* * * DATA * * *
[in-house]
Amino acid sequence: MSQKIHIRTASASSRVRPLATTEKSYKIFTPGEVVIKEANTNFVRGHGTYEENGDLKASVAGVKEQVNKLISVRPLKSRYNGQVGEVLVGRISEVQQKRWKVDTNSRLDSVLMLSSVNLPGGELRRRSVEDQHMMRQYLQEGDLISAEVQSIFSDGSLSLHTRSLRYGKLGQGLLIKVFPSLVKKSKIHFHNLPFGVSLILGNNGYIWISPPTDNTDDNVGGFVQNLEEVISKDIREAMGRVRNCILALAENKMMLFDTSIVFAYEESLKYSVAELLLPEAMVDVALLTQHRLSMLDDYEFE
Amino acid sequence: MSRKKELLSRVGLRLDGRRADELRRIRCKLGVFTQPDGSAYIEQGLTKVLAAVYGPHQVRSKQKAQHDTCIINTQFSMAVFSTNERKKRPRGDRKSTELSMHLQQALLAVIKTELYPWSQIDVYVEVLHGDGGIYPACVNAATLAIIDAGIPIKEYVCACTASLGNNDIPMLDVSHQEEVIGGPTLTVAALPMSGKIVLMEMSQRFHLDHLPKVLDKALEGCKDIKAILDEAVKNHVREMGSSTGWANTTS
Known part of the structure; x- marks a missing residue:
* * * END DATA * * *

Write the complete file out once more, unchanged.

[in-house]
Amino acid sequence: MSQKIHIRTASASSRVRPLATTEKSYKIFTPGEVVIKEANTNFVRGHGTYEENGDLKASVAGVKEQVNKLISVRPLKSRYNGQVGEVLVGRISEVQQKRWKVDTNSRLDSVLMLSSVNLPGGELRRRSVEDQHMMRQYLQEGDLISAEVQSIFSDGSLSLHTRSLRYGKLGQGLLIKVFPSLVKKSKIHFHNLPFGVSLILGNNGYIWISPPTDNTDDNVGGFVQNLEEVISKDIREAMGRVRNCILALAENKMMLFDTSIVFAYEESLKYSVAELLLPEAMVDVALLTQHRLSMLDDYEFE
Amino acid sequence: MSRKKELLSRVGLRLDGRRADELRRIRCKLGVFTQPDGSAYIEQGLTKVLAAVYGPHQVRSKQKAQHDTCIINTQFSMAVFSTNERKKRPRGDRKSTELSMHLQQALLAVIKTELYPWSQIDVYVEVLHGDGGIYPACVNAATLAIIDAGIPIKEYVCACTASLGNNDIPMLDVSHQEEVIGGPTLTVAALPMSGKIVLMEMSQRFHLDHLPKVLDKALEGCKDIKAILDEAVKNHVREMGSSTGWANTTS
Known part of the structure; x- marks a missing residue: